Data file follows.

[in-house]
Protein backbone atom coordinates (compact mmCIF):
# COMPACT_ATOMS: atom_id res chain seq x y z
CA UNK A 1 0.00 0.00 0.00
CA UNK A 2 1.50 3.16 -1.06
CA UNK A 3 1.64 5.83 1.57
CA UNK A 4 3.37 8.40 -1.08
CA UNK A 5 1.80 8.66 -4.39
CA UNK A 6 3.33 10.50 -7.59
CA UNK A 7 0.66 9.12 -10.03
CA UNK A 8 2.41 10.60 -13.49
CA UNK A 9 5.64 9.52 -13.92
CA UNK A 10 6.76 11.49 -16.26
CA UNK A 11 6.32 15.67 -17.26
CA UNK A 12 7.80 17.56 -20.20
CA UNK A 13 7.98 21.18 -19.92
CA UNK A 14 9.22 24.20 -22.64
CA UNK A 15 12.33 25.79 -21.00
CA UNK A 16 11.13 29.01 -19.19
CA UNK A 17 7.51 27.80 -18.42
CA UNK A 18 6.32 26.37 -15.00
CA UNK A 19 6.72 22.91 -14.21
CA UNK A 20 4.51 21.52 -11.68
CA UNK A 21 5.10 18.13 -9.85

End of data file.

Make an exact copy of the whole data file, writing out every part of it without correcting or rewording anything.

[in-house]
Protein backbone atom coordinates (compact mmCIF):
# COMPACT_ATOMS: atom_id res chain seq x y z
CA UNK A 1 0.00 0.00 0.00
CA UNK A 2 1.50 3.16 -1.06
CA UNK A 3 1.64 5.83 1.57
CA UNK A 4 3.37 8.40 -1.08
CA UNK A 5 1.80 8.66 -4.39
CA UNK A 6 3.33 10.50 -7.59
CA UNK A 7 0.66 9.12 -10.03
CA UNK A 8 2.41 10.60 -13.49
CA UNK A 9 5.64 9.52 -13.92
CA UNK A 10 6.76 11.49 -16.26
CA UNK A 11 6.32 15.67 -17.26
CA UNK A 12 7.80 17.56 -20.20
CA UNK A 13 7.98 21.18 -19.92
CA UNK A 14 9.22 24.20 -22.64
CA UNK A 15 12.33 25.79 -21.00
CA UNK A 16 11.13 29.01 -19.19
CA UNK A 17 7.51 27.80 -18.42
CA UNK A 18 6.32 26.37 -15.00
CA UNK A 19 6.72 22.91 -14.21
CA UNK A 20 4.51 21.52 -11.68
CA UNK A 21 5.10 18.13 -9.85